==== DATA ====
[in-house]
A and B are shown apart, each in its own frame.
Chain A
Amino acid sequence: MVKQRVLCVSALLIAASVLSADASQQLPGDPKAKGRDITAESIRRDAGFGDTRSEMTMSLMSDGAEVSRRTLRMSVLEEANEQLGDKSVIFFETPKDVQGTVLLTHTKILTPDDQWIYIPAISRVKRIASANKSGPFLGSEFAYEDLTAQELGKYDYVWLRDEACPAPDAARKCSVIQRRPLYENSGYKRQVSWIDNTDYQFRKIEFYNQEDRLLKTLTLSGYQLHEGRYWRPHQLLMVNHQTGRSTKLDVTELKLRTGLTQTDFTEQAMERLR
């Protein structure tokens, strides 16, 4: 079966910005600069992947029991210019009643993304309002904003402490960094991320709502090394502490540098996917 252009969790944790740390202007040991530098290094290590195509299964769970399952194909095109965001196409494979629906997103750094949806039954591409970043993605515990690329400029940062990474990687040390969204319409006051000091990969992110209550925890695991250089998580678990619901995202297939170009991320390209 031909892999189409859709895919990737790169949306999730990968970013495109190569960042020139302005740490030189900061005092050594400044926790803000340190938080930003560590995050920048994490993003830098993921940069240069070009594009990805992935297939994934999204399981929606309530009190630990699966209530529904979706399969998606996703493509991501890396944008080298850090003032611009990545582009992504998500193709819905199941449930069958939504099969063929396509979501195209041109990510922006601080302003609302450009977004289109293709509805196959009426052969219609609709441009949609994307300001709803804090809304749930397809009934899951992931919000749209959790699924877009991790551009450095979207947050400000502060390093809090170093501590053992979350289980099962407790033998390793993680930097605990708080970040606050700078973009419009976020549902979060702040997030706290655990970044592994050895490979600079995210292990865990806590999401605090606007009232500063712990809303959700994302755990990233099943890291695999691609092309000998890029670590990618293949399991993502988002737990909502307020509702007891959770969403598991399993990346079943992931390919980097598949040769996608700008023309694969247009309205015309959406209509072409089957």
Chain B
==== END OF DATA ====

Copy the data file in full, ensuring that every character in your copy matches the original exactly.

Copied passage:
[in-house]
A and B are shown apart, each in its own frame.
Chain A
Amino acid sequence: MVKQRVLCVSALLIAASVLSADASQQLPGDPKAKGRDITAESIRRDAGFGDTRSEMTMSLMSDGAEVSRRTLRMSVLEEANEQLGDKSVIFFETPKDVQGTVLLTHTKILTPDDQWIYIPAISRVKRIASANKSGPFLGSEFAYEDLTAQELGKYDYVWLRDEACPAPDAARKCSVIQRRPLYENSGYKRQVSWIDNTDYQFRKIEFYNQEDRLLKTLTLSGYQLHEGRYWRPHQLLMVNHQTGRSTKLDVTELKLRTGLTQTDFTEQAMERLR
């Protein structure tokens, strides 16, 4: 079966910005600069992947029991210019009643993304309002904003402490960094991320709502090394502490540098996917 252009969790944790740390202007040991530098290094290590195509299964769970399952194909095109965001196409494979629906997103750094949806039954591409970043993605515990690329400029940062990474990687040390969204319409006051000091990969992110209550925890695991250089998580678990619901995202297939170009991320390209 031909892999189409859709895919990737790169949306999730990968970013495109190569960042020139302005740490030189900061005092050594400044926790803000340190938080930003560590995050920048994490993003830098993921940069240069070009594009990805992935297939994934999204399981929606309530009190630990699966209530529904979706399969998606996703493509991501890396944008080298850090003032611009990545582009992504998500193709819905199941449930069958939504099969063929396509979501195209041109990510922006601080302003609302450009977004289109293709509805196959009426052969219609609709441009949609994307300001709803804090809304749930397809009934899951992931919000749209959790699924877009991790551009450095979207947050400000502060390093809090170093501590053992979350289980099962407790033998390793993680930097605990708080970040606050700078973009419009976020549902979060702040997030706290655990970044592994050895490979600079995210292990865990806590999401605090606007009232500063712990809303959700994302755990990233099943890291695999691609092309000998890029670590990618293949399991993502988002737990909502307020509702007891959770969403598991399993990346079943992931390919980097598949040769996608700008023309694969247009309205015309959406209509072409089957």
Chain B